Last Updated on January 21, 2023 by Tabraiz
Background and purpose. Assessment within rehabilitation usually focuses on the perceived functional limitations of patients and also provide information about whether the problems result from impairments in the muscles and skeletal system. These capabilities were evaluated through a brand new test for functional assessment called known as the Sock Test, simulating the process of wearing the sock. The Subjects as well as the Methods. Intertester reliability was tested with 21 individuals. Consistent validity, responsiveness as well as predictive accuracy were evaluated in a group of 337 patients, as well as subgroups of the sample. Conclusions. Intertester reliability was acceptable. Sock Test scores were linked to reports of concurrent the limitation of activity in dressing. Scores also reflected questionnaire-derived reports of problems in a broad range of activities of daily living and pain and were responsive to change over time. The aging process and the body mass index increased the probability for Sock Test scores indicating activity limitations. The scores from the pretest were predictive of the perceived difficulty in dressing after one year. Summary and discussion. Sock Test scores are a reflection of perceived limitations to activity and limitations of the musculoskeletal system.
The study was conducted as a conjunction with a large randomized clinical controlled study ( The Bergen Study Return to Work) of 523 patients suffering from musculoskeletal discomfort located in Bergen, Norway. A written informed consent form was sought from patients prior to their the time of inclusion. Each patient was employed but they were on a extended sick leaves. All patients were evaluated through a physical therapist prior to when being randomly allocated either an intense rehabilitation programme or to a control group that received traditional therapy. The patients received the same physical therapist’s examination one year following the pre-test examination.
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The Sock Test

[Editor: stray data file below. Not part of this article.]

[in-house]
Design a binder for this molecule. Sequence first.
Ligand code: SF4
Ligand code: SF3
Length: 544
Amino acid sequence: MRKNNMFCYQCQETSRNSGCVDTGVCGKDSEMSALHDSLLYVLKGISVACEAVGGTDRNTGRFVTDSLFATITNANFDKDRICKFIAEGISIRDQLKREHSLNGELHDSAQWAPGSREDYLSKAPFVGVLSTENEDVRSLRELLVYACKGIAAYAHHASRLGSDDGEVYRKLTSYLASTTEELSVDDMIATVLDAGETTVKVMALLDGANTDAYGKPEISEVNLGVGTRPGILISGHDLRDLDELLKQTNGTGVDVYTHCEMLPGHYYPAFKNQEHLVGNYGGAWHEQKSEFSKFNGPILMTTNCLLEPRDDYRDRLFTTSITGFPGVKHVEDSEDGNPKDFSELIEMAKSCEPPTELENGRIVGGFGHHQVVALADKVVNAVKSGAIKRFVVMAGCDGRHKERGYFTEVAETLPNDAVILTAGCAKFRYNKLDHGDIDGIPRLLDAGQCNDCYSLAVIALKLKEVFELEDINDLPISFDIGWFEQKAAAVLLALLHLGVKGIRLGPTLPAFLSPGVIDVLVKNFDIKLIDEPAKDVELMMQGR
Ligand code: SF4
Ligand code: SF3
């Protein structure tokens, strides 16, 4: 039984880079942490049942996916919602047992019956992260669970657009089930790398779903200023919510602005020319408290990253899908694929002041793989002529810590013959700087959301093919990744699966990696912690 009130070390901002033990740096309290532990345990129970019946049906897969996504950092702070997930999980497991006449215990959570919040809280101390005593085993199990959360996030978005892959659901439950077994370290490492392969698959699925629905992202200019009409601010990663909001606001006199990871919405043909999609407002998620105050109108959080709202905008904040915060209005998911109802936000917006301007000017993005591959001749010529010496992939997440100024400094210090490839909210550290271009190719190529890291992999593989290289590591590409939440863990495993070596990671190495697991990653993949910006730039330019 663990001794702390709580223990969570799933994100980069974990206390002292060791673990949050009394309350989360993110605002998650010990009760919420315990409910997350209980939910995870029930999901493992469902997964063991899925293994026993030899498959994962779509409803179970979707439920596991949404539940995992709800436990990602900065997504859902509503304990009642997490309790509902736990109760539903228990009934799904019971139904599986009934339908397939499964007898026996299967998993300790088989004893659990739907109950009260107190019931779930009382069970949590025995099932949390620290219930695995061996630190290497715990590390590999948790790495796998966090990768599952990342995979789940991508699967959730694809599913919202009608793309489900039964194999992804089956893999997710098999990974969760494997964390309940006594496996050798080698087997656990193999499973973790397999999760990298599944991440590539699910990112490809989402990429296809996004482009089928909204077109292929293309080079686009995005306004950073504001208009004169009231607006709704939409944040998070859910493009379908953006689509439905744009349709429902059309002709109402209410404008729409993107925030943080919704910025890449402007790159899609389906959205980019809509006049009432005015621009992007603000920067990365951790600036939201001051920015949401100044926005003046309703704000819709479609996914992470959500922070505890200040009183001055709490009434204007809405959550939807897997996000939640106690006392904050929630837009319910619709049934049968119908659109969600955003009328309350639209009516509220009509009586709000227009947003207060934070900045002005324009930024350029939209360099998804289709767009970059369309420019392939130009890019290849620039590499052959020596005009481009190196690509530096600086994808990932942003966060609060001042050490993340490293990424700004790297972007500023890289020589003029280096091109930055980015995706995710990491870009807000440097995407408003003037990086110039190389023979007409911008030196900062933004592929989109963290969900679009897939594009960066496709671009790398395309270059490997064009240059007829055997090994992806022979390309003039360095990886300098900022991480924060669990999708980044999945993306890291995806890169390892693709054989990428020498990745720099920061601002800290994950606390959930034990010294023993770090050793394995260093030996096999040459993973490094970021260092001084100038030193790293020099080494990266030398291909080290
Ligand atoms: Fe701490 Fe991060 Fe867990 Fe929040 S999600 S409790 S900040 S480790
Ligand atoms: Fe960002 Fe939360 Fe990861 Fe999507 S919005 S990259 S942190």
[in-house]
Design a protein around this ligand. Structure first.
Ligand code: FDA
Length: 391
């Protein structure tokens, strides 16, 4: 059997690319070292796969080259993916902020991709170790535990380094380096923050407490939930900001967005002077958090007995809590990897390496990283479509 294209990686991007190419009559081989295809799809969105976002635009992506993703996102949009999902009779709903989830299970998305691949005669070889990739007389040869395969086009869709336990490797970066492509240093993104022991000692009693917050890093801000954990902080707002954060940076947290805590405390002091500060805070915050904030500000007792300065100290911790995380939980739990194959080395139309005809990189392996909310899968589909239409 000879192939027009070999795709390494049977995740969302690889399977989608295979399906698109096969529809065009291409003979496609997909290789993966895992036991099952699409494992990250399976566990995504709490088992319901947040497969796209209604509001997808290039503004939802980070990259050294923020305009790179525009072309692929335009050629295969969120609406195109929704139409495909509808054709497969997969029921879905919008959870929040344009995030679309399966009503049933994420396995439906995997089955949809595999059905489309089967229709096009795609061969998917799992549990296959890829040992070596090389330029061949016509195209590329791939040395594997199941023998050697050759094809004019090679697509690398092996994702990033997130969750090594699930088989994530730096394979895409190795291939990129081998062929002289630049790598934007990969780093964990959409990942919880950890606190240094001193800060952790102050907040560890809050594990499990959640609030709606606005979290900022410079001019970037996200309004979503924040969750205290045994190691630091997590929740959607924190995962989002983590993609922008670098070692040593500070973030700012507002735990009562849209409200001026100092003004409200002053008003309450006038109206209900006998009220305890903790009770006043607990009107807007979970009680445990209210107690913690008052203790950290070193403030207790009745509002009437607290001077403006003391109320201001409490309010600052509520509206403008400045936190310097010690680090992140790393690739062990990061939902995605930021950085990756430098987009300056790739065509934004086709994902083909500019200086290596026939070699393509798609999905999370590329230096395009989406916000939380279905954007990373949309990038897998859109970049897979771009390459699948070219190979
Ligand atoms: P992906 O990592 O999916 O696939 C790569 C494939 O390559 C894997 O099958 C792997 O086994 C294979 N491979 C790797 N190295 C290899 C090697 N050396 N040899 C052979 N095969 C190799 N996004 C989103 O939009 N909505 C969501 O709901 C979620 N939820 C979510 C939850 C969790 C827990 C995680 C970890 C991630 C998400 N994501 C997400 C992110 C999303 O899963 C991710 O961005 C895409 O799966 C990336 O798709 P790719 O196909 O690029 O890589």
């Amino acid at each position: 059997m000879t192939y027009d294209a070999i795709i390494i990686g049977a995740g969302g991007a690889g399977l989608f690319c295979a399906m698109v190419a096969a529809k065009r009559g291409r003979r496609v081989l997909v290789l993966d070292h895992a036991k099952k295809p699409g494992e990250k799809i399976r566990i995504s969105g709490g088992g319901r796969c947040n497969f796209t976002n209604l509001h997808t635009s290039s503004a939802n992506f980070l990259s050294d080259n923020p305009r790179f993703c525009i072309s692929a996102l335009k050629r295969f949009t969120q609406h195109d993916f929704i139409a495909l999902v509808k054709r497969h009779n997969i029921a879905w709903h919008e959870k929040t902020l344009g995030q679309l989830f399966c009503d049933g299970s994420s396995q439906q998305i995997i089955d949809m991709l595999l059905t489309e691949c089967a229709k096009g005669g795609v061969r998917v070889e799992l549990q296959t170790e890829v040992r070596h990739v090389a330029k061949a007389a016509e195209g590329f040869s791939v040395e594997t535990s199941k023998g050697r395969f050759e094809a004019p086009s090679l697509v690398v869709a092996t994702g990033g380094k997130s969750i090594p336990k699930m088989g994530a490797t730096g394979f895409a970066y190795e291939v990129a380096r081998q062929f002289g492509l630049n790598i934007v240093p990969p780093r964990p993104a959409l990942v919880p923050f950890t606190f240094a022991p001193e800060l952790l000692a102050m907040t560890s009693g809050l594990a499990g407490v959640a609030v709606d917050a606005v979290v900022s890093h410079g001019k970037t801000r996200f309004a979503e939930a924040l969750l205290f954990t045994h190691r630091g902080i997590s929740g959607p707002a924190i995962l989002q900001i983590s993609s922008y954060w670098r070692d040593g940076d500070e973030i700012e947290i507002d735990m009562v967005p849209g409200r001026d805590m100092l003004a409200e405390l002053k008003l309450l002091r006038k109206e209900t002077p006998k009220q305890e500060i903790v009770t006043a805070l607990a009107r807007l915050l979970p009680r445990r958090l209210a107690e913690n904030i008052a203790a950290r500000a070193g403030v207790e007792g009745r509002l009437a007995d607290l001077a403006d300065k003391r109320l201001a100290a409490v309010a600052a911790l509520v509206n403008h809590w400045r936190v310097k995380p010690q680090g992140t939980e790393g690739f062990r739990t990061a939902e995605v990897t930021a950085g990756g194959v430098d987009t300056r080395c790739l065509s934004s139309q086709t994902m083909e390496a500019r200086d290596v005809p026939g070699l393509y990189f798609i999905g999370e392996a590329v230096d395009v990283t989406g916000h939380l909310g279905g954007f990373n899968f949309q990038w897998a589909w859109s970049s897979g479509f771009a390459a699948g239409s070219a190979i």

This Sock Test simulates the activity of wearing a sock. It is a standard test and doesn’t permit different ways to move. The therapist will evaluate the performance of the patient, by observing the distance that the patient can travel and how quickly the task is completed.
The patient must wear loose clothes. The procedure is shown for the person. The patient is directed to lie on a bench with their feet separated from the floor. The patient is instructed to lift each leg one at a stretch in the sagittal axis and simultaneously moves down towards the elevated foot using both hands both on the opposite side, grasping toes with the fingertips in both hands. The foot should never touch the bench, and must be elevated throughout the test. After a single test of each leg and then giving the patient scores on the one with the weakest performance. Scores are provided in the form of ordinal values ranging between zero (can grasp the toes using fingertips and perform the movement effortlessly) up to three (can barely, if at all, extend to the malleoli) (Fig. 1). Several compensation maneuvers may be demonstrated (Fig. 2). Compensations are not evaluated. If they do occur during the test, they are explained or explained to the patient in a second time before testing is repeated.
The study involved 337 participants (65 percent females and 35% males) or subgroups of them were involved in the study to test the validity of the information obtained through The Sock Test. The median age of patients was 43 years old (median=43 10 years, SD=10 years minimum=21, maximum=64). The patients were listed as sick for a varying length period (X=3 months with SD=2 minimum=1 20 maximum). Sixty-three per cent of patients had been sick-listed up to 4 months. 25% were sick-listed for between 4 and six months and 12% were sick-listed for more than 6 months. Patients were diagnosed by their doctor in accordance with the International Classification of Primary Care (ICPC) A majority of the patients (52 percent) were suffering from back pain. 29% of patients were suffering from shoulder or neck pain. 12percent of patients experienced generalized musculoskeletal pain. 77% of the patients suffered from other types of muscular-skeletal pain.
The number of participants in different areas of the study varied based on available data on The Sock Test and the other methods of measurement. They also were convenience samples. In the clinical controlled study the various methods of measurement were utilized for various lengths of time and were distributed randomly. This suggests that subsamples were assessed.
Patients suffering from musculoskeletal pain (n=21) who took part in clinical tests over the period of 14 days were taken into consideration to determine the reliability of intertesters. Fiveteen women and six men with a median age of 44 (minimum=26 Maximum=62) The patients were examined. Nine patients complained of back pain; eight patients were suffering from shoulder, neck or arm pain. four patients suffered from generalized musculoskeletal pain.
Pain and activity limitations as perceived by the patient.